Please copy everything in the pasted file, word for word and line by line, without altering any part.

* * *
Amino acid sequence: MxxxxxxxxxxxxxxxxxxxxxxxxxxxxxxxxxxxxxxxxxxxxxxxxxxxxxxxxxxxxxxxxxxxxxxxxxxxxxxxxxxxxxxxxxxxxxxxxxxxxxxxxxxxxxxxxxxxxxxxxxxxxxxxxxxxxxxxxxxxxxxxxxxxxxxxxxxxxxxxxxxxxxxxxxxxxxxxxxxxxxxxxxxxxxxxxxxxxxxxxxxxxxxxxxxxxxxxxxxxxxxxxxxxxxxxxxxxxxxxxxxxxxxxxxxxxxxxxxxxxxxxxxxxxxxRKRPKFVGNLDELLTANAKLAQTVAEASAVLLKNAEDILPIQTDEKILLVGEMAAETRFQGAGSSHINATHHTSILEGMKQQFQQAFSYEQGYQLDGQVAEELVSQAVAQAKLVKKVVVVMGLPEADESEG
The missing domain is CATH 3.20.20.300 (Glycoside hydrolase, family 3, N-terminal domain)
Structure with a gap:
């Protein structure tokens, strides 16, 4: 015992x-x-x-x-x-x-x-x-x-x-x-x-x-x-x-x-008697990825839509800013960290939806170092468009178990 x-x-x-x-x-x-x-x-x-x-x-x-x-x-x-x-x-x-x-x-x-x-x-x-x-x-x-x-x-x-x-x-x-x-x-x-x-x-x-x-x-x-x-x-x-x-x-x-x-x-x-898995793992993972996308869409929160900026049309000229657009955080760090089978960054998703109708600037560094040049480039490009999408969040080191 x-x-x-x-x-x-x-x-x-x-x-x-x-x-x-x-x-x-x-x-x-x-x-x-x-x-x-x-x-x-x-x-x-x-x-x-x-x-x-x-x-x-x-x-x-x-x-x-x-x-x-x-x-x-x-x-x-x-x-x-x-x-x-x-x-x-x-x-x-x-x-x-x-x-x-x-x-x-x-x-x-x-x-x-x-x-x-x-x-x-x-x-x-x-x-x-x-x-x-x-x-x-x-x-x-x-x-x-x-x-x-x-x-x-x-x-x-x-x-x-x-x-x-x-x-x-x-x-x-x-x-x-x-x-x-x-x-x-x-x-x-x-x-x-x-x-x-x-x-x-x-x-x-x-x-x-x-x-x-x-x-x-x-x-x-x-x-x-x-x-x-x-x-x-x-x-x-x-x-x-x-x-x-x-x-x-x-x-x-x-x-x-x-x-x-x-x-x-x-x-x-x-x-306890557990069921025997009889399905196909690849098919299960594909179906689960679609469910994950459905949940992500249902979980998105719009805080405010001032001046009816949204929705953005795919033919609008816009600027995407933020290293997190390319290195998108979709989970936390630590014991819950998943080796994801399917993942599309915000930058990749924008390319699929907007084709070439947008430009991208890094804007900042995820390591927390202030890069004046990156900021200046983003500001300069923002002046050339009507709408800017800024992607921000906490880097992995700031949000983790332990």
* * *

Amino acid sequence: MxxxxxxxxxxxxxxxxxxxxxxxxxxxxxxxxxxxxxxxxxxxxxxxxxxxxxxxxxxxxxxxxxxxxxxxxxxxxxxxxxxxxxxxxxxxxxxxxxxxxxxxxxxxxxxxxxxxxxxxxxxxxxxxxxxxxxxxxxxxxxxxxxxxxxxxxxxxxxxxxxxxxxxxxxxxxxxxxxxxxxxxxxxxxxxxxxxxxxxxxxxxxxxxxxxxxxxxxxxxxxxxxxxxxxxxxxxxxxxxxxxxxxxxxxxxxxxxxxxxxxxxxxxxxxxRKRPKFVGNLDELLTANAKLAQTVAEASAVLLKNAEDILPIQTDEKILLVGEMAAETRFQGAGSSHINATHHTSILEGMKQQFQQAFSYEQGYQLDGQVAEELVSQAVAQAKLVKKVVVVMGLPEADESEG
The missing domain is CATH 3.20.20.300 (Glycoside hydrolase, family 3, N-terminal domain)
Structure with a gap:
């Protein structure tokens, strides 16, 4: 015992x-x-x-x-x-x-x-x-x-x-x-x-x-x-x-x-008697990825839509800013960290939806170092468009178990 x-x-x-x-x-x-x-x-x-x-x-x-x-x-x-x-x-x-x-x-x-x-x-x-x-x-x-x-x-x-x-x-x-x-x-x-x-x-x-x-x-x-x-x-x-x-x-x-x-x-x-898995793992993972996308869409929160900026049309000229657009955080760090089978960054998703109708600037560094040049480039490009999408969040080191 x-x-x-x-x-x-x-x-x-x-x-x-x-x-x-x-x-x-x-x-x-x-x-x-x-x-x-x-x-x-x-x-x-x-x-x-x-x-x-x-x-x-x-x-x-x-x-x-x-x-x-x-x-x-x-x-x-x-x-x-x-x-x-x-x-x-x-x-x-x-x-x-x-x-x-x-x-x-x-x-x-x-x-x-x-x-x-x-x-x-x-x-x-x-x-x-x-x-x-x-x-x-x-x-x-x-x-x-x-x-x-x-x-x-x-x-x-x-x-x-x-x-x-x-x-x-x-x-x-x-x-x-x-x-x-x-x-x-x-x-x-x-x-x-x-x-x-x-x-x-x-x-x-x-x-x-x-x-x-x-x-x-x-x-x-x-x-x-x-x-x-x-x-x-x-x-x-x-x-x-x-x-x-x-x-x-x-x-x-x-x-x-x-x-x-x-x-x-x-x-x-x-x-306890557990069921025997009889399905196909690849098919299960594909179906689960679609469910994950459905949940992500249902979980998105719009805080405010001032001046009816949204929705953005795919033919609008816009600027995407933020290293997190390319290195998108979709989970936390630590014991819950998943080796994801399917993942599309915000930058990749924008390319699929907007084709070439947008430009991208890094804007900042995820390591927390202030890069004046990156900021200046983003500001300069923002002046050339009507709408800017800024992607921000906490880097992995700031949000983790332990």